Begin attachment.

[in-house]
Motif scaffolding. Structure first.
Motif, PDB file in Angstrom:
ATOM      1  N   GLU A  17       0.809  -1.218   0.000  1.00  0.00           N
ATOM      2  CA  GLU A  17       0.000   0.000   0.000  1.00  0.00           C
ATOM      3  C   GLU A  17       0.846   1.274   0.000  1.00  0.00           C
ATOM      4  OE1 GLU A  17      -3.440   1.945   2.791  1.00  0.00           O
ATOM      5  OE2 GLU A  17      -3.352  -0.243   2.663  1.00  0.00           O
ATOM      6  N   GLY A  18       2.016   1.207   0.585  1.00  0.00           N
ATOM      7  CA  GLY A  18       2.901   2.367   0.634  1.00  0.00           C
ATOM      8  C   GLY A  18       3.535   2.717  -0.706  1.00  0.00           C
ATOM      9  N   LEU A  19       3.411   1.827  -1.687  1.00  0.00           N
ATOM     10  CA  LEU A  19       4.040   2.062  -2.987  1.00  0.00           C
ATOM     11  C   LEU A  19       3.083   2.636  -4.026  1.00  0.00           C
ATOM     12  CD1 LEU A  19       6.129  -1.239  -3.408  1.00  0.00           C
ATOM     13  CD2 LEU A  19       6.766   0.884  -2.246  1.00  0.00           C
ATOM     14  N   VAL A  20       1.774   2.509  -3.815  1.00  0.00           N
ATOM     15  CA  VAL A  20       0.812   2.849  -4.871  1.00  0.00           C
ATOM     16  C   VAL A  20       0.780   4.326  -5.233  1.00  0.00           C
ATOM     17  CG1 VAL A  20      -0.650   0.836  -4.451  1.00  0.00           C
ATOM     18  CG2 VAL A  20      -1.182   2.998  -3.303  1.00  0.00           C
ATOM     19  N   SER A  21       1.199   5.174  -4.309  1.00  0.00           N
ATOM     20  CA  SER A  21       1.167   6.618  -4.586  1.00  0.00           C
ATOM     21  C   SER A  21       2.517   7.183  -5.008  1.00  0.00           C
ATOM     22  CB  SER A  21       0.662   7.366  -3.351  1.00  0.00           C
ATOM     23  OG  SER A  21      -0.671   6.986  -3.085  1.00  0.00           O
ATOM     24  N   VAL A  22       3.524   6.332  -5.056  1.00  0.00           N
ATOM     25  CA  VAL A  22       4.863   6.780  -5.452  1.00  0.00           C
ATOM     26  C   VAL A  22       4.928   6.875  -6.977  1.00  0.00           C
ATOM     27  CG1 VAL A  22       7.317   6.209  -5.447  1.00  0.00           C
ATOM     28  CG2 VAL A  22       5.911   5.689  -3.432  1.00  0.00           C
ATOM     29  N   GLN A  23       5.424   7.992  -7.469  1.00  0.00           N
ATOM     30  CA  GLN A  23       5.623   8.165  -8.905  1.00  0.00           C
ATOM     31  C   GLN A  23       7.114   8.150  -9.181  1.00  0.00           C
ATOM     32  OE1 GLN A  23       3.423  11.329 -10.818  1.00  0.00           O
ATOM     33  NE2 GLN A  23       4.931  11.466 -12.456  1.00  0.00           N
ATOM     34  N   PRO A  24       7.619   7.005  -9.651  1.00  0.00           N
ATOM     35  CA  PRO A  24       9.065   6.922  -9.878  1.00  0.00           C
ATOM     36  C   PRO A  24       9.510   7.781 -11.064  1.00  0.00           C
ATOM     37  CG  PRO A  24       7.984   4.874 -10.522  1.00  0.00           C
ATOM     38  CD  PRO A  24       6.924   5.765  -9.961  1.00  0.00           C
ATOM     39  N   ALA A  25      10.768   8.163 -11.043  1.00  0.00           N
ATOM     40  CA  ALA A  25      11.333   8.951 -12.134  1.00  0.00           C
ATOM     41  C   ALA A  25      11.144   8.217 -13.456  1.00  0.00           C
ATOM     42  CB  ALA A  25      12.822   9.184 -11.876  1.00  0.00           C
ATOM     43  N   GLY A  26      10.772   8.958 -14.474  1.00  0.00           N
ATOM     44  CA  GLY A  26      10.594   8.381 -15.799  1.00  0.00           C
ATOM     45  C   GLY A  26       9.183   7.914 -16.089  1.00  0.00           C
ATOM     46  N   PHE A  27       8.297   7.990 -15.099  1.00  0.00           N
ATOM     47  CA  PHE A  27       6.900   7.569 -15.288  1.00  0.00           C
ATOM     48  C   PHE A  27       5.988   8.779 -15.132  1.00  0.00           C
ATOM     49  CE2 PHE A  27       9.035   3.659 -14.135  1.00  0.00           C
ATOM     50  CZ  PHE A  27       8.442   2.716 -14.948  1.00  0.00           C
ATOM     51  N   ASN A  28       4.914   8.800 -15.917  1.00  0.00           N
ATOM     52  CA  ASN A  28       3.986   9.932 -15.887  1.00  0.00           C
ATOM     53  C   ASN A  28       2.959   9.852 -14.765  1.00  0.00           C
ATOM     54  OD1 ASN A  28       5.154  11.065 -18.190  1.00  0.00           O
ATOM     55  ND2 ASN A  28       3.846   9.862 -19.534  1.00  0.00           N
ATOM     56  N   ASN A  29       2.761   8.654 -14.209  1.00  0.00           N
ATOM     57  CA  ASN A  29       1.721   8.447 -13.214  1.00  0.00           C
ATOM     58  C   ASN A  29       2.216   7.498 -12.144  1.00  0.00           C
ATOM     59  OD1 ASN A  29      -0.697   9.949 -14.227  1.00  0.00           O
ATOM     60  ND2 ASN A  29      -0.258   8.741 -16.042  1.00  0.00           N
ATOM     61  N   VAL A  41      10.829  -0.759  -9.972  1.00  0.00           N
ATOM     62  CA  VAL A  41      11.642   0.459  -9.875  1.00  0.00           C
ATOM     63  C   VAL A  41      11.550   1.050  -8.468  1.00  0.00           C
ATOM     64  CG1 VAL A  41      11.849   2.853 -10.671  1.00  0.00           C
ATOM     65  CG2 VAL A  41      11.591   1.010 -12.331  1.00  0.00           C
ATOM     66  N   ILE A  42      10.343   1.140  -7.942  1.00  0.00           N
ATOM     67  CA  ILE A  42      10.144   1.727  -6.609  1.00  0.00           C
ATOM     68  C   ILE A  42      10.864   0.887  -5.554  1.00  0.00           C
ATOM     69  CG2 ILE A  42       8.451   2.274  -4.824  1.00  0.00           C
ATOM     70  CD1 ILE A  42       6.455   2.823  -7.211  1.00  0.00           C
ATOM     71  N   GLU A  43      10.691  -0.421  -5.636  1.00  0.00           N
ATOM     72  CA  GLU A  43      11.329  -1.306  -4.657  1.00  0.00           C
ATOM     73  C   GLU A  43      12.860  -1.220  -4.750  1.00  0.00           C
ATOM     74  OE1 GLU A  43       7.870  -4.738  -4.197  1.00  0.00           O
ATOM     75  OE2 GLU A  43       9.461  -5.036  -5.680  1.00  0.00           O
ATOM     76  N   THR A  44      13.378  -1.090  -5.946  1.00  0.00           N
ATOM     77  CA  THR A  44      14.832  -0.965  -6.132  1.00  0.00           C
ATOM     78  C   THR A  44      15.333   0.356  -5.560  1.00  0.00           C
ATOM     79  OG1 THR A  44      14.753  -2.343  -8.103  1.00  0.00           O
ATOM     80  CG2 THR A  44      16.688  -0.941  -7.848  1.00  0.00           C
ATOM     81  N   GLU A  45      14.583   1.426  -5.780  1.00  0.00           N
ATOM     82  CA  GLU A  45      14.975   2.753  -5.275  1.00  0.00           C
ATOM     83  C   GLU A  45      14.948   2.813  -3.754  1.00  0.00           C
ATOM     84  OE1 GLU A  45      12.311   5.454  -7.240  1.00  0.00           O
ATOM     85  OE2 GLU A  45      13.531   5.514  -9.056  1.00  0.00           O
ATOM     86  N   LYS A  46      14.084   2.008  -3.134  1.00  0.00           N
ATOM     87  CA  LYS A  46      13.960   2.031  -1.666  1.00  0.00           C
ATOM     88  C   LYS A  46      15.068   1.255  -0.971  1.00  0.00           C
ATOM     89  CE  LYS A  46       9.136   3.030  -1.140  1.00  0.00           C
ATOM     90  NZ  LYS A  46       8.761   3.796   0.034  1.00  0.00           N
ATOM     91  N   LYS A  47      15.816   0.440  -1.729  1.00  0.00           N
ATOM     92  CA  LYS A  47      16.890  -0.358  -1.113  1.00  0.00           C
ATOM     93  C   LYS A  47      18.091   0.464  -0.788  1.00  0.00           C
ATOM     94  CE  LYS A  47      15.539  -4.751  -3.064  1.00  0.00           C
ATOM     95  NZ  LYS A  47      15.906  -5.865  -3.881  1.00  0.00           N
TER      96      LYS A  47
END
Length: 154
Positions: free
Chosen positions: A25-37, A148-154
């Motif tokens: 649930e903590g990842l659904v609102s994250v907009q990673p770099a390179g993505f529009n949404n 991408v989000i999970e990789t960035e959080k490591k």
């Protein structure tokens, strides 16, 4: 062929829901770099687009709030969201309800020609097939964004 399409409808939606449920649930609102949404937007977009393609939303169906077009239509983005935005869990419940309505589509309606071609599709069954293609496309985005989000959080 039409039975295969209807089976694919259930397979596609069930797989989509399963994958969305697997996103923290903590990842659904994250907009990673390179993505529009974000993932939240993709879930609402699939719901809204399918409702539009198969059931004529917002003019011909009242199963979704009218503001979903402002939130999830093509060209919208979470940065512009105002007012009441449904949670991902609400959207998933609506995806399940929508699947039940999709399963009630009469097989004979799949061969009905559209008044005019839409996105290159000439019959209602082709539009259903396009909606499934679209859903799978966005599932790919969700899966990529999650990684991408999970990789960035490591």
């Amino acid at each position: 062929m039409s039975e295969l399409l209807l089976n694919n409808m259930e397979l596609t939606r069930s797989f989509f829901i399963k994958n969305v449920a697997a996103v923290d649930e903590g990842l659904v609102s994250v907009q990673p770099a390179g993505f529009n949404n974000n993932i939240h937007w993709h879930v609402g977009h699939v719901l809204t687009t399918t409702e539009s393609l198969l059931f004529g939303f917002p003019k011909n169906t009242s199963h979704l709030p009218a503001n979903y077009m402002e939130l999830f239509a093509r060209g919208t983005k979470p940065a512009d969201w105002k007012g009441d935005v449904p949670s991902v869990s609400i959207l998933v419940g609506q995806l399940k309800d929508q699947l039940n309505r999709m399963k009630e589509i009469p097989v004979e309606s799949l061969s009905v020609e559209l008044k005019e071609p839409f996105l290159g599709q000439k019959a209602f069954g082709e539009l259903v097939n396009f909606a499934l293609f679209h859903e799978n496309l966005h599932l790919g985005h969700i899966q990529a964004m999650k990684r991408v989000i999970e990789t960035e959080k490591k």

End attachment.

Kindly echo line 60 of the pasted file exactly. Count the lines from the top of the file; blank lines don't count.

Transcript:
ATOM     57  CA  ASN A  29       1.721   8.447 -13.214  1.00  0.00           C